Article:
67% of Synthroid Prescriptions
Are Not Protected8

Ensure your patient receives Synthroid(levothyroxine sodium tablets, USP)

Tablets shown not actual
size and may not represent
exact color.

What happens to these unprotected
Less than 30% get
filled as Synthroid.8

Protected vs. Unprotected Scripts

The Food and Drug Administration has determined that certain levothyroxine products are therapeutically equivalent. Drugs that are classified as therapeutically equivalent can be substituted with the full expectation that the substituted product will produce the same clinical effect and safety profile as the reference product.9

Synthroid has Precise Dosing Options

Help your patients receive the Synthroid you prescribed.

When prescribing,
protect every Synthroid Rx

  • Include your DAW state-specific language in all required fields. Language varies by state, but examples include:
    • Brand Medically Necessary
    • Dispense as Written
    • Do Not Substitute
    • No Substitution
    • May Not Substitute
  • When you protect the Rx, you may be helping your patients pay the lowest possible price for Synthroid8
  • Reinforce with your staff the importance of consistently checking that every Synthroid Rx is protected, especially when it comes in for refill.

When counseling, help patients
know what to expect at the pharmacy

  • Explain that you prefer Synthroid, so that they understand the importance of advocating for it at the pharmacy.
  • Ask them to call ahead to the pharmacy or mail order pharmacy to confirm Synthroid is being dispensed as you prefer.
  • Encourage patients to open the bottle and check the pill as soon as they receive the prescription, preferably before they leave the pharmacy, and make sure the pill is embossed with Synthroid.

Indication and Important Safety Information for Synthroid


SYNTHROID® (levothyroxine sodium) tablets, for oral use is indicated as a replacement therapy in primary (thyroidal), secondary (pituitary), and tertiary (hypothalamic) congenital or acquired hypothyroidism.

Pituitary Thyrotropin (Thyroid Stimulating Hormone, TSH) Suppression
SYNTHROID is indicated as an adjunct to surgery and radioiodine therapy in the management of thyrotropin-dependent well-differentiated thyroid cancer.

Limitation of Use1

SYNTHROID is not indicated for suppression of benign thyroid nodules and nontoxic diffuse goiter in iodine-sufficient patients, as there are no clinical benefits and over-treatment with SYNTHROID may induce hyperthyroidism.

SYNTHROID is not indicated for treatment of hypothyroidism during the recovery phase of subacute thyroiditis.

Important Safety Information1


Thyroid hormones, including SYNTHROID, either alone or with other therapeutic agents, should not be used for the treatment of obesity or for weight loss. In euthyroid patients, doses within the range of daily hormonal requirements are ineffective for weight reduction. Larger doses may produce serious or even life-threatening manifestations of toxicity, particularly when given in association with sympathomimetic amines such as those used for their anorectic effects.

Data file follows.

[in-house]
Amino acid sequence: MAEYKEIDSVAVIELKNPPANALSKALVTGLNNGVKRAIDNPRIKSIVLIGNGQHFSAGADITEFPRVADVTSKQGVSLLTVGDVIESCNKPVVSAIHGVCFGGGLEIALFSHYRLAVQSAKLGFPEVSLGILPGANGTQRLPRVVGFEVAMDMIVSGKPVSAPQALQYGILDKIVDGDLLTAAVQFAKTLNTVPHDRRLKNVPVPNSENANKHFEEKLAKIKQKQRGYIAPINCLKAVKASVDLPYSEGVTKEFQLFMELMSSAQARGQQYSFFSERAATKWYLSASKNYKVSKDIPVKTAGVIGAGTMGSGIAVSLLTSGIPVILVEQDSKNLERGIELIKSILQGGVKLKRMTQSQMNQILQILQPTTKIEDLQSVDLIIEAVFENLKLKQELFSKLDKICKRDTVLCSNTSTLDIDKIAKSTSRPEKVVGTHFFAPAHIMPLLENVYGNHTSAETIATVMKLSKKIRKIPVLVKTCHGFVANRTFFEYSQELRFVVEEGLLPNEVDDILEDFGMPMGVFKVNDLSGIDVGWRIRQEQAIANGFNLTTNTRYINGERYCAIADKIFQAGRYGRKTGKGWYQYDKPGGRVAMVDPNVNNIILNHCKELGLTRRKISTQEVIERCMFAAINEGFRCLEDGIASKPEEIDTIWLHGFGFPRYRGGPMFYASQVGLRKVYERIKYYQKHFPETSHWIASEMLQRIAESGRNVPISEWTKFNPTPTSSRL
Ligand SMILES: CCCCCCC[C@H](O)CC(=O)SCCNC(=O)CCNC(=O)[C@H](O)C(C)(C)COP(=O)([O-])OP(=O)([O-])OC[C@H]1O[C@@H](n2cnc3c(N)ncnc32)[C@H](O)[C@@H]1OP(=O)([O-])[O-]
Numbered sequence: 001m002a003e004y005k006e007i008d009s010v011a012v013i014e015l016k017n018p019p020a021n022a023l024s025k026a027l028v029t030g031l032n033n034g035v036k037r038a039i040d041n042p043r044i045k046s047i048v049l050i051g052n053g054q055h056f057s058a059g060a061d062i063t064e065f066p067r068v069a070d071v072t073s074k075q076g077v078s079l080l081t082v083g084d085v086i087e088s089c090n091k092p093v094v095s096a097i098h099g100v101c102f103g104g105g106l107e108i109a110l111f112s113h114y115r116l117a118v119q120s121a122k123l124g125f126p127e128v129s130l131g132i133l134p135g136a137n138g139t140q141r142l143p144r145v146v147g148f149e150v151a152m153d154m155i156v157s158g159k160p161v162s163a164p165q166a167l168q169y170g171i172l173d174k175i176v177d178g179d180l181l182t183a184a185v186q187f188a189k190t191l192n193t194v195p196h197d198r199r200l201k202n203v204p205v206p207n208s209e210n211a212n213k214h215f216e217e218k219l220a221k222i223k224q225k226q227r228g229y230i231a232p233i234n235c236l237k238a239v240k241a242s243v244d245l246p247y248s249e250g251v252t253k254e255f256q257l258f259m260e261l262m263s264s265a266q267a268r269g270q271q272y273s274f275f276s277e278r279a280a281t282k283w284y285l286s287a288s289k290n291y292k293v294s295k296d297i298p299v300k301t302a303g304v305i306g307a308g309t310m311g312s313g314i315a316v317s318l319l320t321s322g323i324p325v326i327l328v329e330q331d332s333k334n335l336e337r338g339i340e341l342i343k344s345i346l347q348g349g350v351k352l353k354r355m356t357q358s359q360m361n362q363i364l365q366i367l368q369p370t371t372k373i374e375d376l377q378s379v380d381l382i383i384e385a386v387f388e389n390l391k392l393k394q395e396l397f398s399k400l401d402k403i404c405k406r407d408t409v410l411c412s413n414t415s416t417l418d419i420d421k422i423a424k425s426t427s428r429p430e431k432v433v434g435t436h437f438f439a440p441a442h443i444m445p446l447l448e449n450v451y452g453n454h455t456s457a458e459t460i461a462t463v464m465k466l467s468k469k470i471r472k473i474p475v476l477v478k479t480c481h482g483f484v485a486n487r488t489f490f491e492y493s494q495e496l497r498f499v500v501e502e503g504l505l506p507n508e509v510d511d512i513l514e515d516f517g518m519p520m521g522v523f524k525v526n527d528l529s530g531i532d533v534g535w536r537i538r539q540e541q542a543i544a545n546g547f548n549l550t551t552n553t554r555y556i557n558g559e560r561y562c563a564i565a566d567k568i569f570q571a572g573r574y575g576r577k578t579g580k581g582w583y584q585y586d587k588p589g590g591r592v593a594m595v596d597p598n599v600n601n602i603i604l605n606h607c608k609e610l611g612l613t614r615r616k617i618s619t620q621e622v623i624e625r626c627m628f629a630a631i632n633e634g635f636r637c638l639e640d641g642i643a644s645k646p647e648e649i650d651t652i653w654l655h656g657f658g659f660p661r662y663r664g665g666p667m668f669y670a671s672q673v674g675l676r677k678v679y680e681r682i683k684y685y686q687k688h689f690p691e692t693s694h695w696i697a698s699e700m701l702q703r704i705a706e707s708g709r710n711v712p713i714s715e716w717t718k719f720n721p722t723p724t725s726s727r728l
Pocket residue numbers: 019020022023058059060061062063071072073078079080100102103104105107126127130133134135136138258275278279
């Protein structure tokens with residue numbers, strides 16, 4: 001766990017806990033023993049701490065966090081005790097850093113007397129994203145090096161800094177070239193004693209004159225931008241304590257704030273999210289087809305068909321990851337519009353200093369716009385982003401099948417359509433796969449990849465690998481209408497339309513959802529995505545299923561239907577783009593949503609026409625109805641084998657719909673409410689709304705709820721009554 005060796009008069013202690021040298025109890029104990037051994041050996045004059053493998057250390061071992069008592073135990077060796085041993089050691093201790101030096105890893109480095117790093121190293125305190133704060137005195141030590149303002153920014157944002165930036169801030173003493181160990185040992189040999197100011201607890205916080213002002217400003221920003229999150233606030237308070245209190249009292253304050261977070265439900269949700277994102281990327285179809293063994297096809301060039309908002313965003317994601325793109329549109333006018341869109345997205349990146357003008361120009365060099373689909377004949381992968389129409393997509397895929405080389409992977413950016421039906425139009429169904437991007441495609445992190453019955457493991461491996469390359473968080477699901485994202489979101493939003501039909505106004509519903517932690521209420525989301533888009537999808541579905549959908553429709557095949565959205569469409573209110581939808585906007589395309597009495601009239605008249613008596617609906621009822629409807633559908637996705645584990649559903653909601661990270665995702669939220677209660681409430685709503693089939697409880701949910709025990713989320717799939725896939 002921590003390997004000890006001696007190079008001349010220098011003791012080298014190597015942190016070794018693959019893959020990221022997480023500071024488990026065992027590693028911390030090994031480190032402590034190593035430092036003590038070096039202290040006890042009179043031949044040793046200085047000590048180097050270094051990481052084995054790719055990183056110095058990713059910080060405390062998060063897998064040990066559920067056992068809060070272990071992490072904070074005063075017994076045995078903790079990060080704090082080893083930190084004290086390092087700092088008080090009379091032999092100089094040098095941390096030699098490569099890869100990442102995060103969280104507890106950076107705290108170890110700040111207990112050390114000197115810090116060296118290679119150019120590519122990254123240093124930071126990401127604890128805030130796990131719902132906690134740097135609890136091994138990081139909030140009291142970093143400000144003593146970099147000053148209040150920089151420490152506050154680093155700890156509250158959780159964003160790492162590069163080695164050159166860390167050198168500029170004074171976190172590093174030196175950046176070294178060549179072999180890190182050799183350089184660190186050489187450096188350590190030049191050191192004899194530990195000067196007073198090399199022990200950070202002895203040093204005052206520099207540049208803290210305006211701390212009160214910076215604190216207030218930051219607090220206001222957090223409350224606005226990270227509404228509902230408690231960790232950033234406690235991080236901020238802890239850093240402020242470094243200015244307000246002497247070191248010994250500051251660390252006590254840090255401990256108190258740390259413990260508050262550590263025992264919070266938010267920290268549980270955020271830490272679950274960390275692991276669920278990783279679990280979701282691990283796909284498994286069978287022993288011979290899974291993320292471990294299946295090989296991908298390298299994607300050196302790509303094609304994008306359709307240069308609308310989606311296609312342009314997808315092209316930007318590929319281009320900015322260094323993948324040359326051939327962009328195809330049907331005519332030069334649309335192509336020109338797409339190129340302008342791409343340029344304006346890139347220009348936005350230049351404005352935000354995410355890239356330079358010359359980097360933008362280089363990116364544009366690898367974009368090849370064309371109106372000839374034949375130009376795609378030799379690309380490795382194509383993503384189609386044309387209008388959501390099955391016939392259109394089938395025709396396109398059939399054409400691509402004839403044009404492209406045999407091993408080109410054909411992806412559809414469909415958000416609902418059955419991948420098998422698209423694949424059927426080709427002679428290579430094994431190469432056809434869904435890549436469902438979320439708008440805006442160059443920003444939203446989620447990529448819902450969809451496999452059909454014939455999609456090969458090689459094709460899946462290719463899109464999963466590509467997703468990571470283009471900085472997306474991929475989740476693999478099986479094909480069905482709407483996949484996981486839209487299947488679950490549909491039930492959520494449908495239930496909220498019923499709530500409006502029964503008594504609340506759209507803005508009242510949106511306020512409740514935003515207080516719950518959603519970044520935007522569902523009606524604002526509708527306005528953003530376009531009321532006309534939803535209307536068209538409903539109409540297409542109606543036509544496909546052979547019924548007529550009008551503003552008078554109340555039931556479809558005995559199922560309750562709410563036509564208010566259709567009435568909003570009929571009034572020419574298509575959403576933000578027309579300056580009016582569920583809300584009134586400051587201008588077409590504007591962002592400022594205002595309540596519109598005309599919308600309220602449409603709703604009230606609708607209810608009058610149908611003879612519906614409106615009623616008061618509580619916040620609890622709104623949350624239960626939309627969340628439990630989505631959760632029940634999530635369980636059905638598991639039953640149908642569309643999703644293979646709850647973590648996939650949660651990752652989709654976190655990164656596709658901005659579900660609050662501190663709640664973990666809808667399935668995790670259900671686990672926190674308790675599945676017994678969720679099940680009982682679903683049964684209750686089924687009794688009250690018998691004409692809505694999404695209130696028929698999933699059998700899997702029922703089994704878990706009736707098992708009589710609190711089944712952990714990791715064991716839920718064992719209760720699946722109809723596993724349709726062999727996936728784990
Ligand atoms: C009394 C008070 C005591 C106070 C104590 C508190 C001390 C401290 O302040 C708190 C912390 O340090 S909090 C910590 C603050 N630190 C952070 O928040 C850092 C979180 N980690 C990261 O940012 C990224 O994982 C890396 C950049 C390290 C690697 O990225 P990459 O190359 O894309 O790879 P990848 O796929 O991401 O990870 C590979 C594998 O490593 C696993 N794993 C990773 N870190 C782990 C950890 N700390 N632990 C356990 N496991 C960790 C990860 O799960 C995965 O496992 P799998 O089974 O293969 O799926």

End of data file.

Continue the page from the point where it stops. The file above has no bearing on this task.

• SYNTHROID is contraindicated in patients with uncorrected adrenal insufficiency.
  • In the elderly and in patients with cardiovascular disease, SYNTHROID should be initiated at lower doses than those recommended in younger individuals or in patients without cardiac disease. If cardiac symptoms develop or worsen, the SYNTHROID dose should be reduced or withheld for one week and restarted at a lower dose.
  • Patients with coronary artery disease who are receiving SYNTHROID should be monitored closely during surgical procedures for cardiac arrhythmias. Monitor patients during concomitant administration of SYNTHROID and sympathomimetic agents for signs and symptoms of coronary insufficiency.
  • Use of oral thyroid hormone is not recommended in myxedema coma. Products formulated for IV administration should be used to treat myxedema coma.
  • Patients with adrenal insufficiency should be treated with replacement glucocorticoids prior to initiating treatment with SYNTHROID. Failure to do so may precipitate an acute adrenal crisis when thyroid hormone therapy is initiated.
  • SYNTHROID has a narrow therapeutic index. Regardless of the indication for use, careful dosage titration is necessary to avoid the consequences of over- or under-treatment.
  • Addition of levothyroxine therapy in patients with diabetes mellitus may worsen glycemic control and result in increased antidiabetic agent or insulin requirements. Carefully monitor glycemic control after starting, changing, or discontinuing SYNTHROID.
  • Increased bone resorption and decreased bone mineral density may occur as a result of levothyroxine over-replacement, particularly in postmenopausal women. To mitigate this risk, patients receiving SYNTHROID should be given the minimum dose necessary that achieves the desired response.  
  • Adverse reactions associated with SYNTHROID therapy are primarily those of hyperthyroidism due to therapeutic overdosage.
  • Many drugs and some foods affect thyroid hormone pharmacokinetics and metabolism and may alter the therapeutic response to SYNTHROID. In addition, thyroid hormones and thyroid status have varied effects on the pharmacokinetics and actions of other drugs. Administer at least 4 hours before or after drugs that are known to interfere with absorption. Evaluate the need for dose adjustments when regularly administering within one hour of certain foods that may affect absorption. Prescribers should consult appropriate reference sources for additional information on drug or food interactions with SYNTHROID.
  • SYNTHROID should not be discontinued during pregnancy, and hypothyroidism diagnosed during pregnancy should be promptly treated. TSH levels may increase during pregnancy, so TSH should be monitored and SYNTHROID dose adjusted as needed.